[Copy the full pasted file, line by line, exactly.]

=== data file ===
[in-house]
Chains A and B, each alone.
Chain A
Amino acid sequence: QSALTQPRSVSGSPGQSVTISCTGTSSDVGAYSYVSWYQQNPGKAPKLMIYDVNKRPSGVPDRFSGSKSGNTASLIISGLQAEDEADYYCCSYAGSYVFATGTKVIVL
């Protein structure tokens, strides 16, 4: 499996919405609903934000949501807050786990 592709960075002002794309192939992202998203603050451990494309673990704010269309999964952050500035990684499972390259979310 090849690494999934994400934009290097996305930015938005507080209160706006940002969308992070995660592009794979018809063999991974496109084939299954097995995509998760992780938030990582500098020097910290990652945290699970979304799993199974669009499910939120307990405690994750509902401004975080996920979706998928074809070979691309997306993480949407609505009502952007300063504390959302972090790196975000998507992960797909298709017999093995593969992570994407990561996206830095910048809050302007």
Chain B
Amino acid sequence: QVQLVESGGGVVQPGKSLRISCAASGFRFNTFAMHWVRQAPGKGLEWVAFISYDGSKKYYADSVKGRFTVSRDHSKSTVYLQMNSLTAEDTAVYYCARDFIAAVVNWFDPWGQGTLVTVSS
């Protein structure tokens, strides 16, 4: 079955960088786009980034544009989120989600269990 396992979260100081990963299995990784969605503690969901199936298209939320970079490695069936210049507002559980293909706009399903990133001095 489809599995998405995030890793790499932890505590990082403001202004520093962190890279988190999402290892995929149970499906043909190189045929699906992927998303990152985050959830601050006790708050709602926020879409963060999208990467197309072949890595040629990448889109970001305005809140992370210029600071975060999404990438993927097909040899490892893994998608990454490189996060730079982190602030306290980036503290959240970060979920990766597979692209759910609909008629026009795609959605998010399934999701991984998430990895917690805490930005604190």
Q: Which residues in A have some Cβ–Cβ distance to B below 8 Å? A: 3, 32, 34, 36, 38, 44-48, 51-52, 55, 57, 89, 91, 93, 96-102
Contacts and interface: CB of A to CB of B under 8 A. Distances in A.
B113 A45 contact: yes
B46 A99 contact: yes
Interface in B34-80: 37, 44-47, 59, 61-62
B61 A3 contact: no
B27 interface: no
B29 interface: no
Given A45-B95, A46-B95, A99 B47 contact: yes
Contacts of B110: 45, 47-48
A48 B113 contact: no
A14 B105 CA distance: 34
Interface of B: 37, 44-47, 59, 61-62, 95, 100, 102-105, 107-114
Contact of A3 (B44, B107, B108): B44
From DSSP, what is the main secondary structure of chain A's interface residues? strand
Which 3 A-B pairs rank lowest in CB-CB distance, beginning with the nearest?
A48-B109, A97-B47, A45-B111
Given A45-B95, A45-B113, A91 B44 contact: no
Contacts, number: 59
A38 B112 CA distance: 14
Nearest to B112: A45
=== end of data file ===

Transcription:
[in-house]
Chains A and B, each alone.
Chain A
Amino acid sequence: QSALTQPRSVSGSPGQSVTISCTGTSSDVGAYSYVSWYQQNPGKAPKLMIYDVNKRPSGVPDRFSGSKSGNTASLIISGLQAEDEADYYCCSYAGSYVFATGTKVIVL
């Protein structure tokens, strides 16, 4: 499996919405609903934000949501807050786990 592709960075002002794309192939992202998203603050451990494309673990704010269309999964952050500035990684499972390259979310 090849690494999934994400934009290097996305930015938005507080209160706006940002969308992070995660592009794979018809063999991974496109084939299954097995995509998760992780938030990582500098020097910290990652945290699970979304799993199974669009499910939120307990405690994750509902401004975080996920979706998928074809070979691309997306993480949407609505009502952007300063504390959302972090790196975000998507992960797909298709017999093995593969992570994407990561996206830095910048809050302007």
Chain B
Amino acid sequence: QVQLVESGGGVVQPGKSLRISCAASGFRFNTFAMHWVRQAPGKGLEWVAFISYDGSKKYYADSVKGRFTVSRDHSKSTVYLQMNSLTAEDTAVYYCARDFIAAVVNWFDPWGQGTLVTVSS
């Protein structure tokens, strides 16, 4: 079955960088786009980034544009989120989600269990 396992979260100081990963299995990784969605503690969901199936298209939320970079490695069936210049507002559980293909706009399903990133001095 489809599995998405995030890793790499932890505590990082403001202004520093962190890279988190999402290892995929149970499906043909190189045929699906992927998303990152985050959830601050006790708050709602926020879409963060999208990467197309072949890595040629990448889109970001305005809140992370210029600071975060999404990438993927097909040899490892893994998608990454490189996060730079982190602030306290980036503290959240970060979920990766597979692209759910609909008629026009795609959605998010399934999701991984998430990895917690805490930005604190």
Q: Which residues in A have some Cβ–Cβ distance to B below 8 Å? A: 3, 32, 34, 36, 38, 44-48, 51-52, 55, 57, 89, 91, 93, 96-102
Contacts and interface: CB of A to CB of B under 8 A. Distances in A.
B113 A45 contact: yes
B46 A99 contact: yes
Interface in B34-80: 37, 44-47, 59, 61-62
B61 A3 contact: no
B27 interface: no
B29 interface: no
Given A45-B95, A46-B95, A99 B47 contact: yes
Contacts of B110: 45, 47-48
A48 B113 contact: no
A14 B105 CA distance: 34
Interface of B: 37, 44-47, 59, 61-62, 95, 100, 102-105, 107-114
Contact of A3 (B44, B107, B108): B44
From DSSP, what is the main secondary structure of chain A's interface residues? strand
Which 3 A-B pairs rank lowest in CB-CB distance, beginning with the nearest?
A48-B109, A97-B47, A45-B111
Given A45-B95, A45-B113, A91 B44 contact: no
Contacts, number: 59
A38 B112 CA distance: 14
Nearest to B112: A45